I hear you out there. Wait, something’s not quite right…I see a grainy pic so we’re kinda ok…but where’s the mustache…*squints*…OMG YOU’RE NOT GREY WHAT IS THIS INVASION OF THE BODY SNATCHERS RABBLE RABBLE RABBLE. Look, Grey had a thang, ok? He paged me and asked for coverage. Yes, I’m being literal, he paged me. He’s a bit old school, there’s nothing wrong with that. I showed him my iPhone 6s and how it could translate to Kirundi and make a mean cheese omelette but he said he’d rather ping me with ‘5318008‘. Honestly, I’m totally fine with that but he calls every time afterwards asking me to flip it upside down. Every. Time. Either way, I said I’d cover and here I am, covering the coverage and that leads us to Drew Hutchison. First off, if you own him…ticker shock! Those Houston guys are really good at coming from behind. That’s what she said! Over six innings, Drew gave up two runs while allowing 6 base runners (only one walk), striking out nine. Nine is a nice number when you’re talking about Ks but not as nice as 10. Ten is how many Astros Chris Heston fanned on Tuesday as he threw a complete game two hitter. Heston is close to a 7 K/9 kind of guy, probably a little under. On the one hand, I love Drew so this start has me piqued. On the other hand, the Astros are second in the majors in K rate at 24.6%. On the third hand which is actually Grey’s hand as he takes the pager from me and flips it upside down, Drew looks like a good get for deeper leagues where you can wait on his high K potential, but this shouldn’t move the needle for standard or the RCL. Anyway, here’s what else I saw yesterday in fantasy baseball:

Please, blog, may I have some more?

It’s a six game slate tonight and there’s rain possible in two of those. Quick math tells me there’s 8 starting pitchers worth considering. Man I hate the rain, have I mentioned that? I would watch the weather like a hawk and if things look so-so, I’d still roll with the hitters in the contest, but so-so weather and starting pitchers don’t mix for me. Nothing is worse than 3.2 solid IP followed by a one hour rain delay. So, who am I pairing with Johnny Cueto tonight? Chase Whitley, believe it or not. Here we have a $5,700 pitcher that has a 8.15 K/9 and a 1.57 BB/9. Granted, that’s in only 17.2 IP, so it’s small sample size. Everyone leftover has fleas though, and Whitley’s seem to be the least scratchy. He got pounded for 3 long balls at home against the Orioles. This start is at the Trop, a little more pitcher friendly environment against a not quite as great offense. I like guys that don’t walk a ton of batters, that helps reduce the potential damage and the decent K-rate helps for DraftKings scoring. Just for good measure, the opposing pitcher is Erasmo Ramirez & the rest of the TB bullpen. For the price, let’s just cross our fingers and hope he doesn’t blow-up and the Yank’s offense carries him to the Win.

New to DraftKings? Scared of feeling like a small fish in a big pond? Well try out this 25 teamer of Razzball writers and friends to wet your DK whistle. Just remember to sign up through us before you do. It’s how we know you care! If you still feel helpless and lonely, be sure to subscribe to the DFSBot for your daily baseball plays.

Please, blog, may I have some more?

Hide the women and children. It looks like there’s a zombino on the loose! Torii Hunter (+53.6%) was the most added player in fantasy baseball this past week. I can’t believe that he was even available in the first place. Torii’s a beast! Sorry comatose Twins fan, but Hunter isn’t the same 25/20 player that he was during his first stint in Minnesota. The soon-to-be 40-year-old version of Hunter has held up remarkably well throughout the years though. His .783 OPS with the Tigers over the last two seasons is identical to Evan Longoria’s and ahead of players like Albert Pujols, Kyle Seager, and Alex Gordon during that time frame. This season, with the exception of stolen bases (just 1 this season, and 7 total from 2013-14), his numbers across the board rival those of his prime days with the Twins a decade ago. Can he keep it up? Well, his 10.9% LD% is way down (18.2% career), while his 14.7% IFFB% (11.6% career) and 12.1% SwStr% (11.3% career) are up. It’s difficult to envision a player of Hunter’s age maintaining a productive pace throughout the season as well. Depending on him as a key contributor to your fantasy team is kind of like sticking a bandage on a stab wound and then just leaving it there without addressing the situation further. It might be ok in the short term, but your team is likely to bleed out eventually. Here were a couple of other big adds and drops in fantasy baseball from this past week:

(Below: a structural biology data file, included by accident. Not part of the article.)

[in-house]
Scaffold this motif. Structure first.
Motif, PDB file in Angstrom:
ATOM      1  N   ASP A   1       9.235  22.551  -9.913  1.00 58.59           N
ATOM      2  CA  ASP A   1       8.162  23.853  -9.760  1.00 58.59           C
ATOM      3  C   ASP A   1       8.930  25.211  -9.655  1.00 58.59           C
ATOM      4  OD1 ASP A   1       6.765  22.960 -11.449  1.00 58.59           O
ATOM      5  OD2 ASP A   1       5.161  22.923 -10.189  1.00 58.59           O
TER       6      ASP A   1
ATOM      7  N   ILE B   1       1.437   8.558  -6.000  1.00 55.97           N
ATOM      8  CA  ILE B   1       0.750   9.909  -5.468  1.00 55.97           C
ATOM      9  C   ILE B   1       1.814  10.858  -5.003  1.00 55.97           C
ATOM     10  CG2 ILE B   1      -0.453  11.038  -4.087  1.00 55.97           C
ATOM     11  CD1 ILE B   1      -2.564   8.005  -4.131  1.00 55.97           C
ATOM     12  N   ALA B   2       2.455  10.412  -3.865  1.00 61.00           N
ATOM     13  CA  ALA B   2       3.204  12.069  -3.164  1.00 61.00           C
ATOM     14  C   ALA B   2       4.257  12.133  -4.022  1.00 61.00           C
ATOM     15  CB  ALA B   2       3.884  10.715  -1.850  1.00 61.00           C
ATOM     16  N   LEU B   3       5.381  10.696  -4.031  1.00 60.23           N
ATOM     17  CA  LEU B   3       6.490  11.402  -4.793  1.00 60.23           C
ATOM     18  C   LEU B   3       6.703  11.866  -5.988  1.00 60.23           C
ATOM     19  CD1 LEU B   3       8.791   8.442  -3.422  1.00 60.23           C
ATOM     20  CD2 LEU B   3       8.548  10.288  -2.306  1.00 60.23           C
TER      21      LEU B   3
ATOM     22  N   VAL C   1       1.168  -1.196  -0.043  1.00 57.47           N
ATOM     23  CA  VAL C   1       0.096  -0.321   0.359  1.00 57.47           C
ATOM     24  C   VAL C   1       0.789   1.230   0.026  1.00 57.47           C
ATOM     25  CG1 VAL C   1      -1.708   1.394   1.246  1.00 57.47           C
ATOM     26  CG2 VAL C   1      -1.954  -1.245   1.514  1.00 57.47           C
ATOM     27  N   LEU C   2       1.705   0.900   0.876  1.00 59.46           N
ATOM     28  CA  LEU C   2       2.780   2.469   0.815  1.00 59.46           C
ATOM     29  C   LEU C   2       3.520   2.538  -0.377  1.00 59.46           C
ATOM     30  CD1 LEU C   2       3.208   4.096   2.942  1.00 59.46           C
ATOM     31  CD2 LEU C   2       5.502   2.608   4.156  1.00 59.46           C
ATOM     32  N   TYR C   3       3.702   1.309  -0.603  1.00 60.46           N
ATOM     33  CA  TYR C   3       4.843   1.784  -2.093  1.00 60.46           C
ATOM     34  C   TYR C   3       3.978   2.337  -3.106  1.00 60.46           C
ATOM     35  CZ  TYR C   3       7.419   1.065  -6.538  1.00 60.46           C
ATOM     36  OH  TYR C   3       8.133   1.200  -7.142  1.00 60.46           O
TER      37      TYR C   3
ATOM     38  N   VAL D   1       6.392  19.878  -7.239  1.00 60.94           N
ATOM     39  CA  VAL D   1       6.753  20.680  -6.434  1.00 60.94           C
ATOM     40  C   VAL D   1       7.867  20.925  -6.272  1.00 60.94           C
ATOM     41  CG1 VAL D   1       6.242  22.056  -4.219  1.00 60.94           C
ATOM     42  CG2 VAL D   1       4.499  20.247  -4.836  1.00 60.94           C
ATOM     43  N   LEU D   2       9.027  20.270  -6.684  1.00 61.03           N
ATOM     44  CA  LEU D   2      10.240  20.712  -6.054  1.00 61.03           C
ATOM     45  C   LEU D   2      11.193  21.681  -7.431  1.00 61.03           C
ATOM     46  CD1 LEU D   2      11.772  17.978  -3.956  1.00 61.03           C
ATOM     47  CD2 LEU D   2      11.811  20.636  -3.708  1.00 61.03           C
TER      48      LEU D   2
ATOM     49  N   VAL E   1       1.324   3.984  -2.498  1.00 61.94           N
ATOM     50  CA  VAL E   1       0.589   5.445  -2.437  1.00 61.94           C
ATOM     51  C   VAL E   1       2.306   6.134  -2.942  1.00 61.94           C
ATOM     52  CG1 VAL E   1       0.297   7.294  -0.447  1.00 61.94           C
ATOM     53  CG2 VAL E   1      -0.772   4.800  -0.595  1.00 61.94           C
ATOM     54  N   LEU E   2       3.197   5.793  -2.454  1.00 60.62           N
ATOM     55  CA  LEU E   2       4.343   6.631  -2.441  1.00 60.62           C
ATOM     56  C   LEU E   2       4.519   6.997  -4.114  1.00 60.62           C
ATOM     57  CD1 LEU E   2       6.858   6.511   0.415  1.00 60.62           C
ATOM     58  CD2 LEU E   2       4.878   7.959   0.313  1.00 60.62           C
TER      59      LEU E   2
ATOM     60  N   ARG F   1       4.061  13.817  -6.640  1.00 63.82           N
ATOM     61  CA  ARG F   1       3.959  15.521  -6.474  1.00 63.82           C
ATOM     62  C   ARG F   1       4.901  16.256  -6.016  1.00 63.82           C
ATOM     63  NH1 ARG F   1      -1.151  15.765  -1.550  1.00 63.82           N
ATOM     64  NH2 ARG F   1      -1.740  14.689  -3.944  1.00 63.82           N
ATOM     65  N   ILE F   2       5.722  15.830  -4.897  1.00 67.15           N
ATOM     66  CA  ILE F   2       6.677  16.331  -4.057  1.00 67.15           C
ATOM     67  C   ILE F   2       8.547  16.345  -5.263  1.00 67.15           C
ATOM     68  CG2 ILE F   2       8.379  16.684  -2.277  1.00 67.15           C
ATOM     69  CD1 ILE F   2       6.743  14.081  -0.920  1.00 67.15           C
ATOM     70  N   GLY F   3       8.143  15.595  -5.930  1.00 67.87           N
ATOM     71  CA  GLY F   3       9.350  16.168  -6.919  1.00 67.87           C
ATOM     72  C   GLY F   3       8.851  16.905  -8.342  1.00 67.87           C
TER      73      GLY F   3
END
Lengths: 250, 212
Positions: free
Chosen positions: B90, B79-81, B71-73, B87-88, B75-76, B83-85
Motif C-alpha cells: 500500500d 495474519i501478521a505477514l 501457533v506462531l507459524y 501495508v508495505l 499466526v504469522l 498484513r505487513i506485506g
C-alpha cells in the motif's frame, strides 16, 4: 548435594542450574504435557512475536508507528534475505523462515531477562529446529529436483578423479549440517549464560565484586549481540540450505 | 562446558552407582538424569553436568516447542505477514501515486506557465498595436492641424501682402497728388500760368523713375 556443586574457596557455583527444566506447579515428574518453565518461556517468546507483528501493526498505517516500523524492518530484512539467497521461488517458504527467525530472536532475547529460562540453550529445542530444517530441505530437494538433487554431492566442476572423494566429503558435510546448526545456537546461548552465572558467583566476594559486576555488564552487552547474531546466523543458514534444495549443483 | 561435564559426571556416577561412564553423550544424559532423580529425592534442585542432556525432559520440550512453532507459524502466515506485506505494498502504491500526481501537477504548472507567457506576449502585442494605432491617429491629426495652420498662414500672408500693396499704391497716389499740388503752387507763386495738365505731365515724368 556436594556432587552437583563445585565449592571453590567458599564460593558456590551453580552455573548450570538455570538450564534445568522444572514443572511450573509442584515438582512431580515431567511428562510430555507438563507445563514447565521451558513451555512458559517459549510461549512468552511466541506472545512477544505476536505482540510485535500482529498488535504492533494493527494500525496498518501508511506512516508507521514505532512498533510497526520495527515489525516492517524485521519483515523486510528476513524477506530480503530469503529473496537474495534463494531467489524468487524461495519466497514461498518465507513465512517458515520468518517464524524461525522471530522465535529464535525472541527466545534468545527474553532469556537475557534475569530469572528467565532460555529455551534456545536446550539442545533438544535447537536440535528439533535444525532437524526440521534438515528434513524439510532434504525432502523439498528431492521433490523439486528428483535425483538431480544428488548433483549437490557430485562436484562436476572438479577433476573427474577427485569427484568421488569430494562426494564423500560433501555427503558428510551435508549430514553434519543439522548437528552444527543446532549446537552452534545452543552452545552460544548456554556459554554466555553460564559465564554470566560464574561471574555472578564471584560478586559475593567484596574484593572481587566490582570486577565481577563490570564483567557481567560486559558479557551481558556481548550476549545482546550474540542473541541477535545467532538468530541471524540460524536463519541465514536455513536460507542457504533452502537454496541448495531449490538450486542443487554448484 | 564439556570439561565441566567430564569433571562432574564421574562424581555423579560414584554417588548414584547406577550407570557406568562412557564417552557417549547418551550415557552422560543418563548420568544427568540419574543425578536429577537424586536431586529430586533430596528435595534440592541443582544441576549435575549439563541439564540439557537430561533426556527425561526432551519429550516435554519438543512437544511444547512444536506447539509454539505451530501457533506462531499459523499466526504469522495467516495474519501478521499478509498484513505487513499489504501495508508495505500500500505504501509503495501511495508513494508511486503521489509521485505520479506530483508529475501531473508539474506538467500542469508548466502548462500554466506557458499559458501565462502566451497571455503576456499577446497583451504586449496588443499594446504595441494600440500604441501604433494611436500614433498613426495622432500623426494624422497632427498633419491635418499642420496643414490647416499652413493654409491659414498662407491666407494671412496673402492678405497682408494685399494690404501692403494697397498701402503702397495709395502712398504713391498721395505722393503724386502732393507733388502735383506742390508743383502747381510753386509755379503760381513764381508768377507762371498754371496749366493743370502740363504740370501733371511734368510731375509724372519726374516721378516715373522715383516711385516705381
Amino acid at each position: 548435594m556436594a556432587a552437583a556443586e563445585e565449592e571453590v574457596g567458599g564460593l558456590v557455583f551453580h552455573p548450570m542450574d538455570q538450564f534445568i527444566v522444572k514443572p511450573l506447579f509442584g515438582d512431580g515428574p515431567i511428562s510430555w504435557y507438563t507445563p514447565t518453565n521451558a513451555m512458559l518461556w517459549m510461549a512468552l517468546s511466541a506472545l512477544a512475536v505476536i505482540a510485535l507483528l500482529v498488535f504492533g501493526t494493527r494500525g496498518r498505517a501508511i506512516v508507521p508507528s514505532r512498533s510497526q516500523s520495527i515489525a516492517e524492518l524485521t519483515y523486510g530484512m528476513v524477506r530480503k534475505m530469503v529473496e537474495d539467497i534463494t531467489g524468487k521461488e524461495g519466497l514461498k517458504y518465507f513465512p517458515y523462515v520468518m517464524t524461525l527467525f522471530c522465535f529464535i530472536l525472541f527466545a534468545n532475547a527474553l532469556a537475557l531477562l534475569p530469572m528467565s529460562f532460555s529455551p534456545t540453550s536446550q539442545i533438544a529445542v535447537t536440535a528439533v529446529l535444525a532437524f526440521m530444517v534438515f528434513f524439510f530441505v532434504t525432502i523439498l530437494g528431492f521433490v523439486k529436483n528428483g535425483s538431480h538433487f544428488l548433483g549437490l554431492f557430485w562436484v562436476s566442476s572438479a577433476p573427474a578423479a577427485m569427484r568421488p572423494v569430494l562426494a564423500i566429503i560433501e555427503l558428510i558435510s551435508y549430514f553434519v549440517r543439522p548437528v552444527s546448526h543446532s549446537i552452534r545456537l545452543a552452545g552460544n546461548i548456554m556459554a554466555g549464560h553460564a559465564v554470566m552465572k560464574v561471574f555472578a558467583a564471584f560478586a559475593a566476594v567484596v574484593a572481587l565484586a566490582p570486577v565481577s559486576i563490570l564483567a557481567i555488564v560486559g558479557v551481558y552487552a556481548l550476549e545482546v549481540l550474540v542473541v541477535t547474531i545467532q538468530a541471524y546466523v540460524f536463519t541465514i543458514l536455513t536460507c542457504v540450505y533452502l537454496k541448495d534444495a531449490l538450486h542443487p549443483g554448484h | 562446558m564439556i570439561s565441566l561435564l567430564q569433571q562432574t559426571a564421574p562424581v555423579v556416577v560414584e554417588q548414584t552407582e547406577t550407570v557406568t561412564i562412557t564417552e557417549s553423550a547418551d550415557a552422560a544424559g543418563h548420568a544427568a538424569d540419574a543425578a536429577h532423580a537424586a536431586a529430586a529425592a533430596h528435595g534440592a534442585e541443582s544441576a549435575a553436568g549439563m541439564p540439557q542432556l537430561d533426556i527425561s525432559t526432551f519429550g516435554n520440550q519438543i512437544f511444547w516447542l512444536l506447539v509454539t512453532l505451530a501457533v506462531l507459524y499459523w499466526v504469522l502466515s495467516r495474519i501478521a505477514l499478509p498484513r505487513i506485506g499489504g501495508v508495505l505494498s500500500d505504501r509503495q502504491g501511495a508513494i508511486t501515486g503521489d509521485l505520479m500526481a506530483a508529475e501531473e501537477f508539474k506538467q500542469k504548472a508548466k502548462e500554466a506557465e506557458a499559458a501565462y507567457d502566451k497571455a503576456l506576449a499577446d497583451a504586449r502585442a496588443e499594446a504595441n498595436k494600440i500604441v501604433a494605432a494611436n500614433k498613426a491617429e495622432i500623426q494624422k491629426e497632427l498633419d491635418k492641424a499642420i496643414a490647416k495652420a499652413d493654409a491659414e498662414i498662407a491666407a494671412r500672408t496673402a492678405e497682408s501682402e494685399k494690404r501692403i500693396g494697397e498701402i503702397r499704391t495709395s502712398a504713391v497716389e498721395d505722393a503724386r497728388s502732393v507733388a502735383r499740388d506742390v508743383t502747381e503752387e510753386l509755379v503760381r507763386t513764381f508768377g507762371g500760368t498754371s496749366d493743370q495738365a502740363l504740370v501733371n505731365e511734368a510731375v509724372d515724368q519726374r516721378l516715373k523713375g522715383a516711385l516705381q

Please, blog, may I have some more?

If you search for the pitchers with the top xFIPs, it’s a who’s who of the league’s finest. It’s not quite as glamorous as the Who’s Who of Western Appalachian High School Students that your parents paid $25 for you to get your picture in, but it’s still pretty illustrious. Kershaw on top, then Salazar, F-Her, Gerrit, Carrasco, Pineda, Archer, Shields, Scherzer, Harvey and Lynn. If your pitching staff was just those guys, you may not be currently winning your pitching categories, but you will by the end of the year, or your money back1. Right after Lynn in the list is Clay Buchholz, then after him it continues to be purdy: Arrieta, Kluber, Lester and so on2. Out of all of those pitchers, Kershaw, Shields and Salazar are the only ones with a better K-rate with Buchholz’s at 11.5. 11.5 K/9 is excellent and is the 4th best in the majors. Buchholz’s walk rate isn’t bad either at 2.87 — under 3 is solid. Under three walk rate with an 11.5 K/9 is an ace. Only thing is, his ERA is 6.03. Oopsie! Right now, his BABIP is .407. A .407 BABIP is basically the equivalent to an easy grounder is headed right to a fielder, but the ball is grabbed by a possum and the possum runs the ball around the infield for five minutes as the hitter goes around the bases for an inside-the-parker. If Buchholz is available in your league, I’d absolutely grab him, and could even see trading for him in deeper leagues9.